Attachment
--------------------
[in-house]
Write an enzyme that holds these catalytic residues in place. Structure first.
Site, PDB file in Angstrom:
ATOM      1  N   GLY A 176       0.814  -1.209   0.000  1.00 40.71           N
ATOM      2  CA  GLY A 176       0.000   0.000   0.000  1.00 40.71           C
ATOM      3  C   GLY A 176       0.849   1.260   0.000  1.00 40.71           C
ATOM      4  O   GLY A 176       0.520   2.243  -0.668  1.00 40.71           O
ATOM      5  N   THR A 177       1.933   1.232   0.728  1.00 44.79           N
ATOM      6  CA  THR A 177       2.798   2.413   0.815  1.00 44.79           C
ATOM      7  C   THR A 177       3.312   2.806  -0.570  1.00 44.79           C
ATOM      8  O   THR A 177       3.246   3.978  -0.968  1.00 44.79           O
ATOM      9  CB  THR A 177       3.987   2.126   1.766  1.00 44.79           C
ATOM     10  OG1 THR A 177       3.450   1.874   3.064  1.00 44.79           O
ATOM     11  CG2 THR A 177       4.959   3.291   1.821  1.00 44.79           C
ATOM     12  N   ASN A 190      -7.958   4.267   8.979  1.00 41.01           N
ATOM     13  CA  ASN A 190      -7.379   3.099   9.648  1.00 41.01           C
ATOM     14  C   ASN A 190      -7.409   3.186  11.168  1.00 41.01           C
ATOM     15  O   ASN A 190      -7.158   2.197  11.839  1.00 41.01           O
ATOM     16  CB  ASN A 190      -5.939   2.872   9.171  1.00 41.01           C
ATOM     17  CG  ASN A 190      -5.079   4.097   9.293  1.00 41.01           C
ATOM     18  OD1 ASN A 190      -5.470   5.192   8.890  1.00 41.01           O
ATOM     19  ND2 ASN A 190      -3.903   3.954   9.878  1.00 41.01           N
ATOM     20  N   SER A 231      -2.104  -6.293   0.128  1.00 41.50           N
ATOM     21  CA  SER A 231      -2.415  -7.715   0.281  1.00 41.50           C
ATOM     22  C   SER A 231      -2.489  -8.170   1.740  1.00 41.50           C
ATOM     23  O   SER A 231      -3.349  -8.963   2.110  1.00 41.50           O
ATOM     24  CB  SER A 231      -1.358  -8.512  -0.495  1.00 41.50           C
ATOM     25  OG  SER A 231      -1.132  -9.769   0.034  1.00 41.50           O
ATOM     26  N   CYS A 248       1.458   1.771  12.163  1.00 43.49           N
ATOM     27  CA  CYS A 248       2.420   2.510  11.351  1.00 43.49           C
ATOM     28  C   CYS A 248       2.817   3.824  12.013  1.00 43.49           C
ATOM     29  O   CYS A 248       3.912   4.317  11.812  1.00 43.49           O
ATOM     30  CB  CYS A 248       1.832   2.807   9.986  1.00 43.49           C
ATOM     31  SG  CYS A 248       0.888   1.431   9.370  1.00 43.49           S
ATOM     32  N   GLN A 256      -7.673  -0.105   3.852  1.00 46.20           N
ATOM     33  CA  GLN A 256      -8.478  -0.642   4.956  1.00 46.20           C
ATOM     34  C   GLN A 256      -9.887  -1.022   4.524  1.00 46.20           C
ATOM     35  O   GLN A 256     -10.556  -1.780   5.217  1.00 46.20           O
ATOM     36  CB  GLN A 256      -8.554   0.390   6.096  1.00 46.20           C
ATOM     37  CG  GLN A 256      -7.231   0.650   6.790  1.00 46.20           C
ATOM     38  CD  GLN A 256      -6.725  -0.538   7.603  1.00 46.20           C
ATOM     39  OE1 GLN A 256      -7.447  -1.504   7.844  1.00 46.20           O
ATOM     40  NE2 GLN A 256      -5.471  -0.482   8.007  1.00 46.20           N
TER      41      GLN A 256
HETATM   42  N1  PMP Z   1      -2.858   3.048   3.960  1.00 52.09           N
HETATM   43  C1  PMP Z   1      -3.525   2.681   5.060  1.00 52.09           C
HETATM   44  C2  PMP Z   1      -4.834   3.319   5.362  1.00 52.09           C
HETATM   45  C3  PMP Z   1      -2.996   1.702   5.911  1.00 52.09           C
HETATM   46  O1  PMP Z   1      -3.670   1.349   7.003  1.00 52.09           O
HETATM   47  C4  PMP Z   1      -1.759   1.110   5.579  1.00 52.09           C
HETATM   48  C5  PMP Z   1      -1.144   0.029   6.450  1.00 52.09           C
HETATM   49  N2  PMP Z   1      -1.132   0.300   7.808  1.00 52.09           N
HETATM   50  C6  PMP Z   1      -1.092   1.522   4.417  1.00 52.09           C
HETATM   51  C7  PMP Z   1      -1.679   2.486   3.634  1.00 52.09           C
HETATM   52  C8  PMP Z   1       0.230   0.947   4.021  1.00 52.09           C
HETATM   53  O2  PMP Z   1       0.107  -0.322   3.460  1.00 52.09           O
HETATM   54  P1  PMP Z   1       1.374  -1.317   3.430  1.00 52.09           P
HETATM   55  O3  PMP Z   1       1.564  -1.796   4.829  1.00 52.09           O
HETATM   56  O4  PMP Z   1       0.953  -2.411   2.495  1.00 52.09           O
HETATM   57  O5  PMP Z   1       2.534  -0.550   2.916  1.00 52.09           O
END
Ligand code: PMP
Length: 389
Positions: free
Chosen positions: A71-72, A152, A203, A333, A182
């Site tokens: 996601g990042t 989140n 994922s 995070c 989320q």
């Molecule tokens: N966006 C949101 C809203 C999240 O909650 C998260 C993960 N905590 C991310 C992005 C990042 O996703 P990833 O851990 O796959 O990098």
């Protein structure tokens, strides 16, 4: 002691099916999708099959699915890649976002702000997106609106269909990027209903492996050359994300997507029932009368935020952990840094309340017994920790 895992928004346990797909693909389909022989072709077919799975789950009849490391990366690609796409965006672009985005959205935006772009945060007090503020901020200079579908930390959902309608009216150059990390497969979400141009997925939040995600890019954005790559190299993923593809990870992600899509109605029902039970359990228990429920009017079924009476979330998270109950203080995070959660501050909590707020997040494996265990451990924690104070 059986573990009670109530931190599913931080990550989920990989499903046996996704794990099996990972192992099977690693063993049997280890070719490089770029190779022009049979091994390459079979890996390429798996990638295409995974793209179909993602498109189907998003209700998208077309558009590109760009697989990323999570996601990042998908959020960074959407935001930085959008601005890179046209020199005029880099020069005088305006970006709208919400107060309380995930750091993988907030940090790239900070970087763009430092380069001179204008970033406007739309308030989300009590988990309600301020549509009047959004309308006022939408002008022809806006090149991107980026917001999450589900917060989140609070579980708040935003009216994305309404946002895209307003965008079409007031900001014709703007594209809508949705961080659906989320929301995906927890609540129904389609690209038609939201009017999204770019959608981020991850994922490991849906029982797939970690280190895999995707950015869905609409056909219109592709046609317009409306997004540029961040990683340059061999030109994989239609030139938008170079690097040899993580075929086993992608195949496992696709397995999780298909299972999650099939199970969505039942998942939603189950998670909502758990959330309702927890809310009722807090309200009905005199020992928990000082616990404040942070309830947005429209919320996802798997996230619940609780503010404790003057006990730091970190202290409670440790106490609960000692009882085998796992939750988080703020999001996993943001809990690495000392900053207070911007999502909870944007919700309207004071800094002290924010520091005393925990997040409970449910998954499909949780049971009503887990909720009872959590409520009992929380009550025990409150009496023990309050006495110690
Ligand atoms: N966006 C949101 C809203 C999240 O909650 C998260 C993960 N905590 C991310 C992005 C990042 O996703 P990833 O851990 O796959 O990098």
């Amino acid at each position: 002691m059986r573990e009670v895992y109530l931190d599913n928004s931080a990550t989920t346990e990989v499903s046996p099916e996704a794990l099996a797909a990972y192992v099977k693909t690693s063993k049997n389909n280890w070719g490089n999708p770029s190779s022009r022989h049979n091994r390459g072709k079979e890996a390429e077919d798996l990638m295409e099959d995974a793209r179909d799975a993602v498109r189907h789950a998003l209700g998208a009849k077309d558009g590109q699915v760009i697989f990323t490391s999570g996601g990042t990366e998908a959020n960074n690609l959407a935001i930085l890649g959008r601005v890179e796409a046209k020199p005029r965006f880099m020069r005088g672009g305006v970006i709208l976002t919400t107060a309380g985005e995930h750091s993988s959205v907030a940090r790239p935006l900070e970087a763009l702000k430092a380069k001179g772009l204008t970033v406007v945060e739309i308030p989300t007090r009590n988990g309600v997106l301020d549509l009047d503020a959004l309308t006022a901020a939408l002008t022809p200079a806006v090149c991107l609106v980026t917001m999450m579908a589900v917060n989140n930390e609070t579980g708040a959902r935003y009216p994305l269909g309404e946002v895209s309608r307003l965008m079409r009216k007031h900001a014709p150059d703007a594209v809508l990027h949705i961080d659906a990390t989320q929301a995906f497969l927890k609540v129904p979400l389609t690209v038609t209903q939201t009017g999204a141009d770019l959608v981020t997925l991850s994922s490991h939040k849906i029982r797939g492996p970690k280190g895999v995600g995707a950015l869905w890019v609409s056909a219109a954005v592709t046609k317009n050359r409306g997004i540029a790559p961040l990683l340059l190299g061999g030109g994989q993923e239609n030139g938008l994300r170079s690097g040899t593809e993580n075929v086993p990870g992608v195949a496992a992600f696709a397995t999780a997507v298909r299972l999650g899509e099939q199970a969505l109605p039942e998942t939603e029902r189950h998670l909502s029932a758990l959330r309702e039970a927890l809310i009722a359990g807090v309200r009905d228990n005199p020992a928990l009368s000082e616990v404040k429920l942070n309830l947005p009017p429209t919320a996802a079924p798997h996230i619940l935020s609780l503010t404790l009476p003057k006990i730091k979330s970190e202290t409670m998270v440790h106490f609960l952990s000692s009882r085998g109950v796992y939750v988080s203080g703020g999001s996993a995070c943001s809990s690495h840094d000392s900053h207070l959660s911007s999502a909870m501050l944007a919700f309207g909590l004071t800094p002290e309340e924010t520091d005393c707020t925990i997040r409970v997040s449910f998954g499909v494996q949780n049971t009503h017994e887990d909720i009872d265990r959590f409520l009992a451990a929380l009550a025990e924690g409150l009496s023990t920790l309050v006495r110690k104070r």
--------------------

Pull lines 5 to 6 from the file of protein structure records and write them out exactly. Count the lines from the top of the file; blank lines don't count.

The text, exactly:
ATOM      2  CA  GLY A 176       0.000   0.000   0.000  1.00 40.71           C
ATOM      3  C   GLY A 176       0.849   1.260   0.000  1.00 40.71           C